4 minute read 12 Apr 2021
PLI scheme for food processing

How PLI scheme for food processing is stimulating India’s manufacturing and export capabilities

By Achal Chawla

EY India Indirect Tax Partner

Partner with the Indirect Tax practice, Achal focuses on consumer and retail, FMCG, agriculture, defence and oil and gas sectors. Loves to travel and play cricket.

4 minute read 12 Apr 2021

The production-linked incentive (PLI) scheme for the food processing sector was announced by the government on 31 March 2021 with an outlay of INR 10,900 crore.

The scheme incentive is linked to local production and sale of products, in the below sub sectors:

  • Ready-to-eat/ready-to-cook food items
  • Marine products
  • Processed fruits and vegetables
  • Mozzarella cheese
  • Innovative/organic products of SMEs including free range such as eggs, poultry meat and egg products.

Companies can qualify for incentive by undertaking a minimum prescribed investment in plant and machinery in initial two years. Investment already made in year 2020-21 will also be counted towards above criteria, a relaxation which is encouraging.

Also, manufacturers of innovative products and organic food products will be incentivized purely on their incremental sales, without any pre-requirement to invest in additional plant and machinery. A step to promote innovation and encourage organic products for consumers, that one hopes will go a long way.

Let’s understand how the scheme works. Say an Indian Company manufacturing ready-to-eat products, invests INR 75 crore in additional machinery to expand its operations. Assuming base year as FY 2020-21 in which sales were INR 300 crore, incremental sales of such Indian Company is delta of sales of its products for the year in which incentive is to be claimed with base year. Upon investing INR75 crore (assuming this to be above the prescribed threshold), the company will be eligible for incentive as depicted below:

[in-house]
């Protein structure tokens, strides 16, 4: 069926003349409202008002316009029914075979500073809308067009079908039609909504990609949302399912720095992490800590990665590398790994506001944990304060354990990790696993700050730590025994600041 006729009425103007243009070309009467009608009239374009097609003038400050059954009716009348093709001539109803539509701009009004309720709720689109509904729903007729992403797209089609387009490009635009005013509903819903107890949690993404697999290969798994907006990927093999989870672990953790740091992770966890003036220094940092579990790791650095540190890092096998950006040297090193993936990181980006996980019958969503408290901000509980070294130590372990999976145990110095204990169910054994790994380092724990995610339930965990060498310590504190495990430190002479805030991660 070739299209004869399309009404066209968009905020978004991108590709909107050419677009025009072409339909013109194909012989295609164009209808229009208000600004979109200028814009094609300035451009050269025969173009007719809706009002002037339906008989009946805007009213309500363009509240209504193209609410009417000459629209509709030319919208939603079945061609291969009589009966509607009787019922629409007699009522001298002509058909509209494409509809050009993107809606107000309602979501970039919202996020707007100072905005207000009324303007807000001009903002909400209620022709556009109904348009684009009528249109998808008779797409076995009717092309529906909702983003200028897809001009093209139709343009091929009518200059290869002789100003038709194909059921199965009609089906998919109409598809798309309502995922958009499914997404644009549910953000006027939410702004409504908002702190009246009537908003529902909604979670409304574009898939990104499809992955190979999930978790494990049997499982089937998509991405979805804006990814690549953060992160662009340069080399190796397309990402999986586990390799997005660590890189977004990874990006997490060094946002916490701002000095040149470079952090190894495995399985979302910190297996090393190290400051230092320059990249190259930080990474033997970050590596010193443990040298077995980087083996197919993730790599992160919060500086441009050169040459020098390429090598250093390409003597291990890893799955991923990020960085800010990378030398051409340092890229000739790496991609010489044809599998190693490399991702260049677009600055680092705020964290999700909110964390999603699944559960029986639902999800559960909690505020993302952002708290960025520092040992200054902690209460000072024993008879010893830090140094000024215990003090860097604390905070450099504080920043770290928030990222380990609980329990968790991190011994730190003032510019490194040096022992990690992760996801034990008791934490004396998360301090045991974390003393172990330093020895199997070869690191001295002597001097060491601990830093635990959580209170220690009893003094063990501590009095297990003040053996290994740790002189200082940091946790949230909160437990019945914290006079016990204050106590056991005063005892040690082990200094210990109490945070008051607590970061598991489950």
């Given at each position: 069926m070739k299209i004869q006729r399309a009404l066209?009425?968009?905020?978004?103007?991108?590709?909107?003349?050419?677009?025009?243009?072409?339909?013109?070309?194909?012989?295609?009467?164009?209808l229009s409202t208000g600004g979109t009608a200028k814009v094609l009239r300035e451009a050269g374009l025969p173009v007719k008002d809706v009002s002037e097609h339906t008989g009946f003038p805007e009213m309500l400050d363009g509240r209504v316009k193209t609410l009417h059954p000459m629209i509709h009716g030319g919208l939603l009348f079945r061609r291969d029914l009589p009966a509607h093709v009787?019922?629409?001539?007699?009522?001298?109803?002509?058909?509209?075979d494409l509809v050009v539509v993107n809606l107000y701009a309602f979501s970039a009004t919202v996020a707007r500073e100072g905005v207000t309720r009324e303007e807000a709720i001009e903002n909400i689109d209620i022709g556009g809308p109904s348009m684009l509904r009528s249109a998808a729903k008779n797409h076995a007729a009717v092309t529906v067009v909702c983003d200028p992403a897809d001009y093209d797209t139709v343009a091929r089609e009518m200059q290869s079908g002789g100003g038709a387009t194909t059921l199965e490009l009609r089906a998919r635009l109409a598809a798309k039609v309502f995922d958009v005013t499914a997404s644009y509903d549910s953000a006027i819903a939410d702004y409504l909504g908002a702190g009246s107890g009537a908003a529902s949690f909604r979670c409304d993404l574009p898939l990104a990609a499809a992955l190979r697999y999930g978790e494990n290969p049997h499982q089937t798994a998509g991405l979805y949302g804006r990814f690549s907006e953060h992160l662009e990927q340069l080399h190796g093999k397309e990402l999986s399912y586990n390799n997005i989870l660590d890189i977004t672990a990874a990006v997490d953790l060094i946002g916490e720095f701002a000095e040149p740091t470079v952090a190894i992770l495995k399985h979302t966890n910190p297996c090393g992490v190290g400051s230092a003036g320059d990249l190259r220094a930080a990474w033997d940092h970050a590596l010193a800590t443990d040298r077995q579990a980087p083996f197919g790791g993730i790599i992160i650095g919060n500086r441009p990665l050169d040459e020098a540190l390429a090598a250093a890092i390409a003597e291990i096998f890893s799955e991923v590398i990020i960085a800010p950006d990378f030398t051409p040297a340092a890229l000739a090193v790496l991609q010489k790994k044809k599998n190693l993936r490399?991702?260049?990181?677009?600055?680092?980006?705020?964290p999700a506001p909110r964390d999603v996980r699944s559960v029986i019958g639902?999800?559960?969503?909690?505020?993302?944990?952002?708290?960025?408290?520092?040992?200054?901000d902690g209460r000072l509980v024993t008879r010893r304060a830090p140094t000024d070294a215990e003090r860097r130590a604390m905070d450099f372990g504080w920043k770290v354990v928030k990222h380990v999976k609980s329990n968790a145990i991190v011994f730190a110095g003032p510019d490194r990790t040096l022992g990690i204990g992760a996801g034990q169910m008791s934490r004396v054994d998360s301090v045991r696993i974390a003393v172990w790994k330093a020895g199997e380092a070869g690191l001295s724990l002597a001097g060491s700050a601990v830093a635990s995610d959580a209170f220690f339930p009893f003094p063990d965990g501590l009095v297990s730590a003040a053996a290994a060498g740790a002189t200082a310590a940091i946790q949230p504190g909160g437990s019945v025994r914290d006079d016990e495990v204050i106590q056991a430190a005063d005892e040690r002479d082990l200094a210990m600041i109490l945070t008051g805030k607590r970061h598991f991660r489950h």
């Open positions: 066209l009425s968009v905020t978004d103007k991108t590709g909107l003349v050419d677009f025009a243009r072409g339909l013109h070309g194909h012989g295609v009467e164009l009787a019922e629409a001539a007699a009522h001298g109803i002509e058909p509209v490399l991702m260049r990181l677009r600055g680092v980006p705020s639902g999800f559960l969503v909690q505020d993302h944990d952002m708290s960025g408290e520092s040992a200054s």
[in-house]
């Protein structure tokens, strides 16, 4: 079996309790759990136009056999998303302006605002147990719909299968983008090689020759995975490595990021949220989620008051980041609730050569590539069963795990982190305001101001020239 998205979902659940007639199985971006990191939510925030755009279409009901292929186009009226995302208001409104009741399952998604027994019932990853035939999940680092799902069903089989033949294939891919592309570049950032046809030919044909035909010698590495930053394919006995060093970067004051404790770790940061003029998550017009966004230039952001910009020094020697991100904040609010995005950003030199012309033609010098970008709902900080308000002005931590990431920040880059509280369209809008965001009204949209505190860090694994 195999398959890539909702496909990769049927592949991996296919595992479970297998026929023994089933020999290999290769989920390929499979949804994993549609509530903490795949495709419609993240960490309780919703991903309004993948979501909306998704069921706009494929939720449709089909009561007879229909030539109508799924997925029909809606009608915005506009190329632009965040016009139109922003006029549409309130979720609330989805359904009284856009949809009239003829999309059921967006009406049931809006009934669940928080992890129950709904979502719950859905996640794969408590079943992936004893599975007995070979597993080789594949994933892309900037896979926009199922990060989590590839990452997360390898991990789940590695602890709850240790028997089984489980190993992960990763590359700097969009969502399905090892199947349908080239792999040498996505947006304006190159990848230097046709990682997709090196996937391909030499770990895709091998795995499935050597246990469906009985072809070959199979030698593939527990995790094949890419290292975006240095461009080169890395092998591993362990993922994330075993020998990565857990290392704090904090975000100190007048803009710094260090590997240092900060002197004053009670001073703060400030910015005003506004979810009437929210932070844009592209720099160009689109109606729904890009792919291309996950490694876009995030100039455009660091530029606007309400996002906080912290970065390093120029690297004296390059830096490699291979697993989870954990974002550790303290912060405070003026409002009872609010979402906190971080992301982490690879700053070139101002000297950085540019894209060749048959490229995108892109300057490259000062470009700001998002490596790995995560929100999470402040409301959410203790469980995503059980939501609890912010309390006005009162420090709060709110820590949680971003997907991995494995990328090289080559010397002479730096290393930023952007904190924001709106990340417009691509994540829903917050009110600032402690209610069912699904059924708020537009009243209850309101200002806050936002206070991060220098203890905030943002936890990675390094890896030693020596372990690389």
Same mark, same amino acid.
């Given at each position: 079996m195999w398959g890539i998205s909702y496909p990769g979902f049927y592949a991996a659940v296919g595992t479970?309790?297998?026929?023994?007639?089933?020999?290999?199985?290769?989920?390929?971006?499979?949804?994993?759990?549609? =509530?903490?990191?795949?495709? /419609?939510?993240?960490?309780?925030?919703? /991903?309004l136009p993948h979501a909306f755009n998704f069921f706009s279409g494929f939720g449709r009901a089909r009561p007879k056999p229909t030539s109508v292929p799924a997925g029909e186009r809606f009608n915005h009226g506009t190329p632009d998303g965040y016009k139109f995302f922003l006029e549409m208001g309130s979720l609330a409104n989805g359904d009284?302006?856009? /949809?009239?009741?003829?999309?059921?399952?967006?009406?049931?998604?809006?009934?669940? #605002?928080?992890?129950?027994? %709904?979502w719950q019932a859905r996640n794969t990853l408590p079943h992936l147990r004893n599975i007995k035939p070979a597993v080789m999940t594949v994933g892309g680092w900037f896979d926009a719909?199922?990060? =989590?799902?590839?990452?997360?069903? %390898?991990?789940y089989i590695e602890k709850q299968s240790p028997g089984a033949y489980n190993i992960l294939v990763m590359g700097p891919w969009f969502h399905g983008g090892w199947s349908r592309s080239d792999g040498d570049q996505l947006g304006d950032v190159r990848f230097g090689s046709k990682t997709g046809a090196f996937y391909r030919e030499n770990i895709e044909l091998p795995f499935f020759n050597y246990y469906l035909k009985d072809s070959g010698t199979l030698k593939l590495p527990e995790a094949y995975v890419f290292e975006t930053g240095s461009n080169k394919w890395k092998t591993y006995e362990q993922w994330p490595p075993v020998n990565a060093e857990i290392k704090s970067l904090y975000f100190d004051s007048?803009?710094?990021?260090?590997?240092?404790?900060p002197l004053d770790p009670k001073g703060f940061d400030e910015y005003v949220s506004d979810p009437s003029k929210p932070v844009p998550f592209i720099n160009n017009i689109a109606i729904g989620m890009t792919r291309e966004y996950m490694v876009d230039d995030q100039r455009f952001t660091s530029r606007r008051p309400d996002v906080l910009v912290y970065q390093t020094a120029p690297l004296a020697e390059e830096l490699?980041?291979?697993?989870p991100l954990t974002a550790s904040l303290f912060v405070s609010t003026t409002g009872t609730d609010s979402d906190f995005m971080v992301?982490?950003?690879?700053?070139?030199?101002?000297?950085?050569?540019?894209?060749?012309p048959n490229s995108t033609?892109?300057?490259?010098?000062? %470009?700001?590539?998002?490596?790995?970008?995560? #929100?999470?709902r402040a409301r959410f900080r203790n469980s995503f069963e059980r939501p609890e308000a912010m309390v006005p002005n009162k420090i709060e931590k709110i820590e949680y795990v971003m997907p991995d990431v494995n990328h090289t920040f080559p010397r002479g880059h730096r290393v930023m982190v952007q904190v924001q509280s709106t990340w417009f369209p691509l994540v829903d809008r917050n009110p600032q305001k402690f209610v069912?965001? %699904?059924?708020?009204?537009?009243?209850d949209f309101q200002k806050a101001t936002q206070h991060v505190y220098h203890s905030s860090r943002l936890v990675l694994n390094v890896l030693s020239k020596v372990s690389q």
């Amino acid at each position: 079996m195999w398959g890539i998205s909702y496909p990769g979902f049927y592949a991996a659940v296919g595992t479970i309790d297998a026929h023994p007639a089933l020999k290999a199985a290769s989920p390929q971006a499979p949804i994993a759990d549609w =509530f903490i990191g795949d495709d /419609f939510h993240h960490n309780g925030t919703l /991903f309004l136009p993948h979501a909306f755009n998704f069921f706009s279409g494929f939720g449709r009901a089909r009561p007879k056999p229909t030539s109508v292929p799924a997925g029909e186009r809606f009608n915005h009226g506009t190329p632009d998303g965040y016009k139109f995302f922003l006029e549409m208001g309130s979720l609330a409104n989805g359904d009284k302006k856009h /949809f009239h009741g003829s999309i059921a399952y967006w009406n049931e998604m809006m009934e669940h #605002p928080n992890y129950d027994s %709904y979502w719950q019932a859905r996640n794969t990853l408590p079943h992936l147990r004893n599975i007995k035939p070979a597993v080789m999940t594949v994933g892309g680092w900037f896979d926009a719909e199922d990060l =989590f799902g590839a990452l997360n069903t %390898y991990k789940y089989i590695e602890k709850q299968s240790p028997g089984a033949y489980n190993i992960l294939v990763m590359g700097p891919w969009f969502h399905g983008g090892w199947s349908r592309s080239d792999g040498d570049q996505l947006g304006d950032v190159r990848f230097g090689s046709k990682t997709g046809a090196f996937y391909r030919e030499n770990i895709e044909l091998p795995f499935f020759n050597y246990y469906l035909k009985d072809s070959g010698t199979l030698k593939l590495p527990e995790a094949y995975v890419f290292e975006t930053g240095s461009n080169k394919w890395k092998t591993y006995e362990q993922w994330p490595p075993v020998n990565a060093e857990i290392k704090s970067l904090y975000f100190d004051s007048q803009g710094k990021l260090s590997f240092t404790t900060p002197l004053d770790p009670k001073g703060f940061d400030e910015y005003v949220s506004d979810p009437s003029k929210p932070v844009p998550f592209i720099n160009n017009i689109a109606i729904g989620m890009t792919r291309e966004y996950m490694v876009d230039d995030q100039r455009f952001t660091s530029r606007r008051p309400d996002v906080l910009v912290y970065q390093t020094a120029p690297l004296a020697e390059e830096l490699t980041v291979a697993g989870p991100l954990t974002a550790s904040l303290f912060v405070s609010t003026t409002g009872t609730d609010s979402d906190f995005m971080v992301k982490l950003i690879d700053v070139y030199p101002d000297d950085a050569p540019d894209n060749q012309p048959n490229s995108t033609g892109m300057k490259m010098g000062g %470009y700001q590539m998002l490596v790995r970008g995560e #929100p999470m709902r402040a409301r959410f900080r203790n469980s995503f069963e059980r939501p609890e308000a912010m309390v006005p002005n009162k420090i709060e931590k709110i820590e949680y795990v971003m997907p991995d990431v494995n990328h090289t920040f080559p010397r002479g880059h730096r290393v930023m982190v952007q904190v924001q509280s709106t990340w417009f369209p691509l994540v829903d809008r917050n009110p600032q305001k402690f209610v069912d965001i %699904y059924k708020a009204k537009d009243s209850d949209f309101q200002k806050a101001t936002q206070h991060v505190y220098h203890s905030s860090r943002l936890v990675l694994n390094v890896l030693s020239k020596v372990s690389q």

PLI  for Indian Company manufacturing ready-to-eat products

In addition to boosting local production and sales, the government also wants to encourage Indian food brands to compete in international markets and will support their branding (in-store branding, shelf space renting and marketing) and marketing abroad. Additional grants will be given under this scheme for branding and marketing activities.

While detailed guidelines for the sector are yet to be released, the broad framework as announced, promises a brighter future for this sector. It would boost optimism if learnings from implementation of the PLI scheme for other sectors (such as pharma, electronics), are taken into consideration whilst finalizing the guidelines for food processing sector.

For example, operational complexities like labor/land acquisition laws, cheap and constant availability of power, skilled manpower also need to be taken care of.

As stated above, food processing sector has witnessed average growth rate of around 10% in recent years. Therefore, expectation of incremental production and sales should ideally be correlated with the growth trends of this sector, in order to make its outreach more effective.

Like the threshold of incremental production, the industry is hopeful that the criteria for incremental investment in plant and machinery is reflective of current market trends, given that pricing for key raw materials for food processing sector has also seen an inflationary trend in this year.

Summary

Given the government’s intention to tap the growth opportunity in the sector, it will not be amiss for the industry to be optimistic about the detailed guidelines and the win-win situation that PLI can potentially offer.

About this article

By Achal Chawla

EY India Indirect Tax Partner

Partner with the Indirect Tax practice, Achal focuses on consumer and retail, FMCG, agriculture, defence and oil and gas sectors. Loves to travel and play cricket.